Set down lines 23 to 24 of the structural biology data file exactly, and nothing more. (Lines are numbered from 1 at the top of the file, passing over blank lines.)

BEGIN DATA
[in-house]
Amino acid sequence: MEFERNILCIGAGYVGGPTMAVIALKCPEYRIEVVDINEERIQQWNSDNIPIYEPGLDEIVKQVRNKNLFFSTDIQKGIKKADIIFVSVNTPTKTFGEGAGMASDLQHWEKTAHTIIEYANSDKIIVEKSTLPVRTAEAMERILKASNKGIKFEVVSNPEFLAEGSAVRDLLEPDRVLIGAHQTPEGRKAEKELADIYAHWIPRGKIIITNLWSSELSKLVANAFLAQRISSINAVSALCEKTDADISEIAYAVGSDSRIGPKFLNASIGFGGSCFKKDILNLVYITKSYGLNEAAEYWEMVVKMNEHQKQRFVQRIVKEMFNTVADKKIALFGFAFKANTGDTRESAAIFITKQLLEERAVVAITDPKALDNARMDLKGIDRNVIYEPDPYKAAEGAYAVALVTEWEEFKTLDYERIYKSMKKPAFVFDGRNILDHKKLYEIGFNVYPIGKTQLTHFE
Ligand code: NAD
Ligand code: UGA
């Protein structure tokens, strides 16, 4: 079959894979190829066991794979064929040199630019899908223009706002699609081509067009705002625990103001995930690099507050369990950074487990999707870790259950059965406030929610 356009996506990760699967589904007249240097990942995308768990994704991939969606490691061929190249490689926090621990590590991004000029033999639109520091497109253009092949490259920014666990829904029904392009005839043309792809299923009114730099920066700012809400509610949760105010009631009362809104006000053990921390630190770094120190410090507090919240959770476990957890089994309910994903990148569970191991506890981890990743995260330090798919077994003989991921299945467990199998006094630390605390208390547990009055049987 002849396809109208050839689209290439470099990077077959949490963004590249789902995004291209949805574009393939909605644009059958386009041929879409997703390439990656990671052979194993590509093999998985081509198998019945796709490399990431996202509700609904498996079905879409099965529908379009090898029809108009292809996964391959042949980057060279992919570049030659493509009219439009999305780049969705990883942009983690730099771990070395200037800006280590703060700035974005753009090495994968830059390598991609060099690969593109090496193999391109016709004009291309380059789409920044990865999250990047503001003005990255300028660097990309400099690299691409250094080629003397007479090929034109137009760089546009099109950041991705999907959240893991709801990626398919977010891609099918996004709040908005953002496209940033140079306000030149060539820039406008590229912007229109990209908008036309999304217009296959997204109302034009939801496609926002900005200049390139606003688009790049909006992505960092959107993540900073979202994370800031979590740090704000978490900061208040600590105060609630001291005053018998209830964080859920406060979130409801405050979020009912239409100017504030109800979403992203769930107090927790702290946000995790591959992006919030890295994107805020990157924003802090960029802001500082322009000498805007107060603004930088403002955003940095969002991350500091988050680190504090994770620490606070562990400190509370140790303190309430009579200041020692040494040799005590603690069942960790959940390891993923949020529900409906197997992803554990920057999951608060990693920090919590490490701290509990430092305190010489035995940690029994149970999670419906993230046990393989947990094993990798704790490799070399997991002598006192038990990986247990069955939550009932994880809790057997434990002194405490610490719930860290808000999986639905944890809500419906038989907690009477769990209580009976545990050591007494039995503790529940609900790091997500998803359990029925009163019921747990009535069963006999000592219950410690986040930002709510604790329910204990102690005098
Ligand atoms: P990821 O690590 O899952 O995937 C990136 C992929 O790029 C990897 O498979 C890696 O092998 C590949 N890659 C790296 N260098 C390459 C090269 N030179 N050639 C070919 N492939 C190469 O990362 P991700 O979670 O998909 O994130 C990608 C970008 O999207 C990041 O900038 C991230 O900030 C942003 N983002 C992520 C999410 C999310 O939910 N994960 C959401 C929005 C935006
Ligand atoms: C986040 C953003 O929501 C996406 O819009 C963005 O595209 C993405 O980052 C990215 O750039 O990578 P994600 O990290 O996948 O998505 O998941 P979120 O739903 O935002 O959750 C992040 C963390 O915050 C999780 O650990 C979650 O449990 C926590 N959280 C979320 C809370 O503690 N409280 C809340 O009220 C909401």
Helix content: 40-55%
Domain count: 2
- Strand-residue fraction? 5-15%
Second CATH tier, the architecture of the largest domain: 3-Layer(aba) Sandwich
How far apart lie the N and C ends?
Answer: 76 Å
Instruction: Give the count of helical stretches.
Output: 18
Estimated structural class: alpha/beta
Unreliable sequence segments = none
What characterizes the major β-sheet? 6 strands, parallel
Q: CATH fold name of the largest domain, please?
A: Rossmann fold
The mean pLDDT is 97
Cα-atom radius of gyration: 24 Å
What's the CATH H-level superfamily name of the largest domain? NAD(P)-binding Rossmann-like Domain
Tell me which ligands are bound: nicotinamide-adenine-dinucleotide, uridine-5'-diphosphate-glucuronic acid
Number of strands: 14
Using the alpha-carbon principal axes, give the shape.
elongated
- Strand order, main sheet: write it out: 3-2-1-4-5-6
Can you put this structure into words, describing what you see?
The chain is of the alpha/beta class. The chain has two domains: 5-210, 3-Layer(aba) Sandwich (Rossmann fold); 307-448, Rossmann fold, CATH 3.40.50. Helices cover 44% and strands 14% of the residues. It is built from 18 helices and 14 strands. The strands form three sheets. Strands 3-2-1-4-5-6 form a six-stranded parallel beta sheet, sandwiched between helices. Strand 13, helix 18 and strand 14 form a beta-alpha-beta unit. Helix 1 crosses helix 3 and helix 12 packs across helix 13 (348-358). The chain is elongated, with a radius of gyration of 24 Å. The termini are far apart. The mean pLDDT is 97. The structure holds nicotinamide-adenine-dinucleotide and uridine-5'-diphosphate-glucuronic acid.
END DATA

What's the CATH H-level superfamily name of the largest domain? NAD(P)-binding Rossmann-like Domain
Tell me which ligands are bound: nicotinamide-adenine-dinucleotide, uridine-5'-diphosphate-glucuronic acid